The flat hierarchy in Denmark – why it isn’t always a good thing
If you ask the Danes what they like about their business culture, they’re sure to mention the flat hierarchy.
What they mean is that a management pyramid that might have ten or more layers in a hierarchical country like Japan has only two or three layers in Denmark.
The flat hierarchy is a virtue born of necessity: salaries are high in Denmark, so middle managers are expensive.
And because Danes aren’t supervised or monitored as much as Americans, middle management isn’t as necessary.
Working within the flat hierarchy
Many talented specialists enjoy the freedom presented by the flat hierarchy. Generally, they are given a task, a timeline, and a budget, and then set free to achieve the stated goals.
Bosses generally don’t micromanage, leaving the specialist to simply get on with it.
For people who are independent and responsible, this can be a great setup. Employees who need more support and guidance may feel a bit lost, however.
An acquaintance of mine, newly-hired, recently asked her boss for advice on how to solve a business problem in her department.
“Why are you asking me?” the boss replied. “That’s your area.”
Fewer opportunities for advancement in a flat hierarchy
With so few layers, the opportunities for promotion and a better title are slim, which can be kind of a drag if you’re the sort of person who is motivated by advancement.
Danes don’t care much about titles – they think they’re pretentious – and won’t be impressed if you care too much about yours.
In fact, to admit that there’s any hierarchy at all is somewhat embarrassing to the anti-authoritarian Danes.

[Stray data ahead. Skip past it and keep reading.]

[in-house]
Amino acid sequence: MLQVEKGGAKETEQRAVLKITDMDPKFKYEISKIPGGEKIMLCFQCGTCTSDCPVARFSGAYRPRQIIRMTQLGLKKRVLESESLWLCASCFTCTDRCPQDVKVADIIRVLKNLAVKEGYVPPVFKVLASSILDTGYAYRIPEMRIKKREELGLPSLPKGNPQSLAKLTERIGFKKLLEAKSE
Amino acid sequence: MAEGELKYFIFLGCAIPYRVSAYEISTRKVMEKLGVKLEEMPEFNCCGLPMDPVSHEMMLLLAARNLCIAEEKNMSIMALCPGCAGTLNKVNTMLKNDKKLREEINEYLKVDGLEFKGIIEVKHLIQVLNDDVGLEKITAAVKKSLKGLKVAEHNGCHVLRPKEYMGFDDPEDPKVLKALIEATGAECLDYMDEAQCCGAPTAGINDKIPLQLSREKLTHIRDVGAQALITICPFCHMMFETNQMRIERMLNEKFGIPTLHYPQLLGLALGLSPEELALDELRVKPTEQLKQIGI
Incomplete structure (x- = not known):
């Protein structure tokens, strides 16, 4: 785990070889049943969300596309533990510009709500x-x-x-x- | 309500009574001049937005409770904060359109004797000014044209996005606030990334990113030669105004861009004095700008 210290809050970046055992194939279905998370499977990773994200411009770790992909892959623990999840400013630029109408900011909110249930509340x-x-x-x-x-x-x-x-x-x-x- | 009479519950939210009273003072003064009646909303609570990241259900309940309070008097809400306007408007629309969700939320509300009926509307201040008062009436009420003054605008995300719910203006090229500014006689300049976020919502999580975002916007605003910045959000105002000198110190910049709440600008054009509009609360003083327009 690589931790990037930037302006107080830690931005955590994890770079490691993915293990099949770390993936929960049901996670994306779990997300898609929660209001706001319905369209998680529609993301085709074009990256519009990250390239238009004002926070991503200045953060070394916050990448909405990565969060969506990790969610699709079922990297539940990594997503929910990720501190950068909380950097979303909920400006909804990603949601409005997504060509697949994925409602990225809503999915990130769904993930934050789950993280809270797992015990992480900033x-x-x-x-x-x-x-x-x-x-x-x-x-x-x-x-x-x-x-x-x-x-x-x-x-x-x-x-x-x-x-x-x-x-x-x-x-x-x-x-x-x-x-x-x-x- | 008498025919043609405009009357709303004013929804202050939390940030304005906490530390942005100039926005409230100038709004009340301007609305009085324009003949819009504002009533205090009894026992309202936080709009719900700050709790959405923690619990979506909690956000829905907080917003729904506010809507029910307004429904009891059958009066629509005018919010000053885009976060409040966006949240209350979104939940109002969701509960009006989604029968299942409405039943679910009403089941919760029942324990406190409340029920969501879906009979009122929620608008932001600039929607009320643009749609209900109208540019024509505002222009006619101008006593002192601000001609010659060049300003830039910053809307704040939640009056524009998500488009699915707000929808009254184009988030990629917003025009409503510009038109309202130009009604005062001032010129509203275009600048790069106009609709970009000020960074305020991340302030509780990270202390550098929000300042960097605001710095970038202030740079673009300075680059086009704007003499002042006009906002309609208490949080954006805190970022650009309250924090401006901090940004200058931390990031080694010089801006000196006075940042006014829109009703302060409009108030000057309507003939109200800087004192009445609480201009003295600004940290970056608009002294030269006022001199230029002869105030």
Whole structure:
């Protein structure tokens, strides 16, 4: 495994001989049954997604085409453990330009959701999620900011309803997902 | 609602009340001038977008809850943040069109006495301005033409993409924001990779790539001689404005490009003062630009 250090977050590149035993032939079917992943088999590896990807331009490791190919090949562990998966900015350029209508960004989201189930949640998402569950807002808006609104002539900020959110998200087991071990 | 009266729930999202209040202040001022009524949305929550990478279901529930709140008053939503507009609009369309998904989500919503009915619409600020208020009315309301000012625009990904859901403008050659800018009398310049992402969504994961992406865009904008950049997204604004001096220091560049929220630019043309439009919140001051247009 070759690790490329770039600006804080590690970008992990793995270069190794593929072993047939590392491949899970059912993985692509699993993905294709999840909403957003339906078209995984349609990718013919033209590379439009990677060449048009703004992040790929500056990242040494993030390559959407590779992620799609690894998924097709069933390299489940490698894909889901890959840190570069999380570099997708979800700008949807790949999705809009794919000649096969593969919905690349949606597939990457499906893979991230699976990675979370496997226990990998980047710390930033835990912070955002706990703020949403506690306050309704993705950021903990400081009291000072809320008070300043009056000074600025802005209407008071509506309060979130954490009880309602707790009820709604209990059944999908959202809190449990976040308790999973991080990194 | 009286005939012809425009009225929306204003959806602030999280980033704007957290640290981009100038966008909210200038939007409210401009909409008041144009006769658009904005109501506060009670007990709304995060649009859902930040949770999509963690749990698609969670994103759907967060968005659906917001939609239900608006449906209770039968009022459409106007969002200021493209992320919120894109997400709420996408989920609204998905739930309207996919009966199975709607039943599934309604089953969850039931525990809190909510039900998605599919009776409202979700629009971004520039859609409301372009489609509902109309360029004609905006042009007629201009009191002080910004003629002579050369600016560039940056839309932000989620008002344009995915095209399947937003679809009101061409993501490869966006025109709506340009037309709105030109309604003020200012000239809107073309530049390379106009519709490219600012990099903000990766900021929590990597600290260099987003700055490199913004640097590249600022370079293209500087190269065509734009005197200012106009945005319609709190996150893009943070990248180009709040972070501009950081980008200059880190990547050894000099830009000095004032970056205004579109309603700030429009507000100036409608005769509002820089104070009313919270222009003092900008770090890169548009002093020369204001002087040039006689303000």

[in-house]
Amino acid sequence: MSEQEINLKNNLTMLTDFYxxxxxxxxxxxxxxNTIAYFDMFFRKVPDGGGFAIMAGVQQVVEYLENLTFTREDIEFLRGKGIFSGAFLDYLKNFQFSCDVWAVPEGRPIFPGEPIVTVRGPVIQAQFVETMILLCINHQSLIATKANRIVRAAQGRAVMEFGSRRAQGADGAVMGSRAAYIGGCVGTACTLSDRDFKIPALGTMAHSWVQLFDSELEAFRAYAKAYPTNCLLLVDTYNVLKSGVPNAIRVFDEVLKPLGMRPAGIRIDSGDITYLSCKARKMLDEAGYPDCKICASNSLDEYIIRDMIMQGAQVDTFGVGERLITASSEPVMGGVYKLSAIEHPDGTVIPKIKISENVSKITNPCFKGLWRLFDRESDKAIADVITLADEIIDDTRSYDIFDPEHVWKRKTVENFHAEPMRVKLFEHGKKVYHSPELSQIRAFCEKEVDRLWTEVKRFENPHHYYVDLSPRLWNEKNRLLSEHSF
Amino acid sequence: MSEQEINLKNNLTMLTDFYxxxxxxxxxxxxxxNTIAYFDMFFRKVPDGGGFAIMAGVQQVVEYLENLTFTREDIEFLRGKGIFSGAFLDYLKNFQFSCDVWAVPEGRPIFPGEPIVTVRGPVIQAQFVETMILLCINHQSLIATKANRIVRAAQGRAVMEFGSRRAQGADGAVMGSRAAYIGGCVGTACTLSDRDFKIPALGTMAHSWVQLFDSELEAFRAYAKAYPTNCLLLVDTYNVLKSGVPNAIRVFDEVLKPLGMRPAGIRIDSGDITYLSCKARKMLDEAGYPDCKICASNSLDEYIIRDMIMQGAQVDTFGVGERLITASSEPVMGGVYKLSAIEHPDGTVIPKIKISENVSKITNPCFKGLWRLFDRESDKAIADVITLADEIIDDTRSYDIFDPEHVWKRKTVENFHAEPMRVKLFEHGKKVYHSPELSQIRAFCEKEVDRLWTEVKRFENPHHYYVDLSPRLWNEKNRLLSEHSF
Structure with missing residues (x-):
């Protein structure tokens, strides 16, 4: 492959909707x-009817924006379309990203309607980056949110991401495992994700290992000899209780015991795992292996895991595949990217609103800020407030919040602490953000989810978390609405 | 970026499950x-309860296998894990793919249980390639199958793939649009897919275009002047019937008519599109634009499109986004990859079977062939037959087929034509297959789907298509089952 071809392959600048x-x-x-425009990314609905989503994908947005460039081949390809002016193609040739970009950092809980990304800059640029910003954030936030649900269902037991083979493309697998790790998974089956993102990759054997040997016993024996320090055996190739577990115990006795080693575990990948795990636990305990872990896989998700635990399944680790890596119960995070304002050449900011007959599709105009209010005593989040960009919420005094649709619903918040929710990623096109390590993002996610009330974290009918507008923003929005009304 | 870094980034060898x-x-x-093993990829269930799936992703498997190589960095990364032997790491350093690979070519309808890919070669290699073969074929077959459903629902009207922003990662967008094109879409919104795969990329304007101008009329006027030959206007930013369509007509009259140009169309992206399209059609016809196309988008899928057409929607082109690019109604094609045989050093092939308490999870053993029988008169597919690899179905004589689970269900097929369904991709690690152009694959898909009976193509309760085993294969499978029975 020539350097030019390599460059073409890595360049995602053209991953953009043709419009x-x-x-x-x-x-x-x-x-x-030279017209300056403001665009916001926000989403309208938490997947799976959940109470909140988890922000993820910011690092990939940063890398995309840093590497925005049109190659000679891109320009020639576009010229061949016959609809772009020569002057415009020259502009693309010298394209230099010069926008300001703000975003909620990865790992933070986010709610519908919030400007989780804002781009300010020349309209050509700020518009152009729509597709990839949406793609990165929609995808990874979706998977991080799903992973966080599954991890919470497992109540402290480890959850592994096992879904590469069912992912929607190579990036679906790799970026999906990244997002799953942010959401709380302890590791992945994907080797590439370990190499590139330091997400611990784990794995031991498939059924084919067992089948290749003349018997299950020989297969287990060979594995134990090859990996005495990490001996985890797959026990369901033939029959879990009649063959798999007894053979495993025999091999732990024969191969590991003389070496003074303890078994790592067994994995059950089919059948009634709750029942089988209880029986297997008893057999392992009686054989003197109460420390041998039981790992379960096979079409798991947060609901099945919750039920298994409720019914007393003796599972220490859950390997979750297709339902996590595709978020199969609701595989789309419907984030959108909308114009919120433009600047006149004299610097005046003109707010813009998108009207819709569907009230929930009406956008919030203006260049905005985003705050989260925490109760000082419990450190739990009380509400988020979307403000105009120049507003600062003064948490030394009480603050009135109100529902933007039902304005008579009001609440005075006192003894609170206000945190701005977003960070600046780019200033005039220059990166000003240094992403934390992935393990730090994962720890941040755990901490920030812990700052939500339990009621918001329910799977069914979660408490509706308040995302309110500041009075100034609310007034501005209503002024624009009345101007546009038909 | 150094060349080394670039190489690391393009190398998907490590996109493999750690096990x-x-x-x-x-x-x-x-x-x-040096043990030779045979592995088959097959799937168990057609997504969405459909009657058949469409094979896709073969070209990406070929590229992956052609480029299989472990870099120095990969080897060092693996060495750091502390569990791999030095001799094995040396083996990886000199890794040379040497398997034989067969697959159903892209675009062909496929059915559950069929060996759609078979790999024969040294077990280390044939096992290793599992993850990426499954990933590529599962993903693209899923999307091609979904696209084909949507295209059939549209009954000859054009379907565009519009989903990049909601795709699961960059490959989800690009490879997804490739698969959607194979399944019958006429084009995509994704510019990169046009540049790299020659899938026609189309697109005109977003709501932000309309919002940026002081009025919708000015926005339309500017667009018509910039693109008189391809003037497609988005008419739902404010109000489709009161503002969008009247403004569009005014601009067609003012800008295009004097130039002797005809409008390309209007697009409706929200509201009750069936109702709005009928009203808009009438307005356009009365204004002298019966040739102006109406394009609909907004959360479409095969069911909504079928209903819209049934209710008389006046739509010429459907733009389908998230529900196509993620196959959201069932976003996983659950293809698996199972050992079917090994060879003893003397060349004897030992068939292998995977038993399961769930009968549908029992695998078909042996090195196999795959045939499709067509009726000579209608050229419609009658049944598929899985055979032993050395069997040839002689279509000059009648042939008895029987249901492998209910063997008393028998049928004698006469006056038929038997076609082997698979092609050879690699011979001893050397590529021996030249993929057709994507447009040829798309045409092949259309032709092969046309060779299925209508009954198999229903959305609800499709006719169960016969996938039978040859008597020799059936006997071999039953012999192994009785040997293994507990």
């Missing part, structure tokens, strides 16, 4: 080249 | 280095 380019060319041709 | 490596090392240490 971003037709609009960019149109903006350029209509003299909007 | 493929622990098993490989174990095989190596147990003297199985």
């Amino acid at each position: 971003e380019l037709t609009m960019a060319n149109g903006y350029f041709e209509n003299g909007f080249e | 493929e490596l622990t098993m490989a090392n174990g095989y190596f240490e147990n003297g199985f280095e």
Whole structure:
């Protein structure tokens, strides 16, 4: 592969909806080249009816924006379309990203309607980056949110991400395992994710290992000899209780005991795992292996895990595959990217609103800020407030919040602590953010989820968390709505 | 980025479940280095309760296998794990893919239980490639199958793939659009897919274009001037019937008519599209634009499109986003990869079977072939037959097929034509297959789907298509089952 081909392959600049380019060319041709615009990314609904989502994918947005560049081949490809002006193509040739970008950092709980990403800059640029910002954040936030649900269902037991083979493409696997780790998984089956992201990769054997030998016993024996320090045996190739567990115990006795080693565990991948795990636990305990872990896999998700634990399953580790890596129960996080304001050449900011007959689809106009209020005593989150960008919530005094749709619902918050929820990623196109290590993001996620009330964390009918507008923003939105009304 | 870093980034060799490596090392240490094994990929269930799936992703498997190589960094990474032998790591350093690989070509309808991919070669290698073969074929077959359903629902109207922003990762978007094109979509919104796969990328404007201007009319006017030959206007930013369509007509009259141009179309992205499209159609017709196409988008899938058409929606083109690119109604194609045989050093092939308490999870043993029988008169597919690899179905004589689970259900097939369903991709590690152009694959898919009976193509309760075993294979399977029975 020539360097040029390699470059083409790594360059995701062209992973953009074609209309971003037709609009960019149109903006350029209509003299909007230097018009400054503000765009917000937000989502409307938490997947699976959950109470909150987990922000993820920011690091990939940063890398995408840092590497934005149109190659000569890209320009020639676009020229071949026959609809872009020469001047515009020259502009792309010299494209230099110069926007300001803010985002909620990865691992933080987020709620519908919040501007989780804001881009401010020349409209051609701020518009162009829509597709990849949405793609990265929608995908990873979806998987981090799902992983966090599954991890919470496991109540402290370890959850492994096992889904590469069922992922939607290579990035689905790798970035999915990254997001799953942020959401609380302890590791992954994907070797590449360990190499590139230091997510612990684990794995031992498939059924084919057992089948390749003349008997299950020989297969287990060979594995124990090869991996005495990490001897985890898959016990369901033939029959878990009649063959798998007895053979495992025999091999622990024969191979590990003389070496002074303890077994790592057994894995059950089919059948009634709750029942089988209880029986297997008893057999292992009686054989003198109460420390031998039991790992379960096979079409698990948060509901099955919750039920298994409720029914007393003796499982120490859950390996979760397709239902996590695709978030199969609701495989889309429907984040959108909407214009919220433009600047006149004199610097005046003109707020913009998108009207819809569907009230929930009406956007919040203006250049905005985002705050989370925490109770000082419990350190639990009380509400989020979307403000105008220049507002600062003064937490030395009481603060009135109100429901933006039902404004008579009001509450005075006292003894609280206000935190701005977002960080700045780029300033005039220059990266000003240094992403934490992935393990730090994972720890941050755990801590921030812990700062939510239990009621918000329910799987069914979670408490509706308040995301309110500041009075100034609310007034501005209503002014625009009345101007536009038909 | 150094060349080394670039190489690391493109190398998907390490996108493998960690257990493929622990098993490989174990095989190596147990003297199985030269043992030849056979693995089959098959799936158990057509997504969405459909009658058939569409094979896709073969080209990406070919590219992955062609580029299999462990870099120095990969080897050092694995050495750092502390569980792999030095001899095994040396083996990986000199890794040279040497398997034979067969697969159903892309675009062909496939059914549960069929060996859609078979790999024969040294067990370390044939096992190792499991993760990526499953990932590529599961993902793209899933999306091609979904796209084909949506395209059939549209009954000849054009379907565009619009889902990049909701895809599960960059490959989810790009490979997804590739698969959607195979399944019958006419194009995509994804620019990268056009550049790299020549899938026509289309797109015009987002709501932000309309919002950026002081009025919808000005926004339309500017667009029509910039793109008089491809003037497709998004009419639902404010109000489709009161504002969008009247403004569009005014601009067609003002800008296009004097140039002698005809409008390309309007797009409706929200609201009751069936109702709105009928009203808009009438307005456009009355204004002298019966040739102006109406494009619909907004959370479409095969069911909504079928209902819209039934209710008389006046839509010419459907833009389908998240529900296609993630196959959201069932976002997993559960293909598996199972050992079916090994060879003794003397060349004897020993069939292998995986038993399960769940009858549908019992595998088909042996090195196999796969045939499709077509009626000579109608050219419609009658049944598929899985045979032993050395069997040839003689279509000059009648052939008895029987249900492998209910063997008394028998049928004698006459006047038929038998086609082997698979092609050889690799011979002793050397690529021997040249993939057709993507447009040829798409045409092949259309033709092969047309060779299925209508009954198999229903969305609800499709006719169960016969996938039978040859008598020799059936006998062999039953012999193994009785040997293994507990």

This is why top managers will go out of their way to show they are just ordinary guys and gals, carefully putting their coffee cup in the dishwasher after the team breakfast.
And when it’s time for yet another company boozefest, the big boss is expected to drink and dance right alongside everyone else.
The flat hierarchy and loneliness
One aspect of the flat hierarchy that isn’t always discussed is that it can lead to silo thinking and loneliness.
The hierarchy is so pared-down that each employee is doing something different, and nobody really knows what anyone else is doing.
The managers supervising them are so busy themselves that they don’t have time to monitor everything their team is up to.
And so the silo’ed employee works on, unsure if what she is doing is really vital to the company’s mission or if it is just pseudo work, the topic of a wildly popular book about Danish office life.
Danish workplace culture
If you’d like to learn more about Danish working culture, consider Kay Xander Mellish’s books on Denmark.
Kay’s book How to Work in Denmark is an easy guide to the basics of Danish workplace culture.
And her flip book Working with Danes: Tips for Americans and Working with Americans: Tips for Danes provides a useful guide for companies working across these two cultures.
All of Kay’s books are available in audio format from Audible, Storytel, and Nextory.
You can also book Kay for a presentation to your group or organization about Danish working culture. Both virtual and in-person presentations can be booked via Kay’s events page.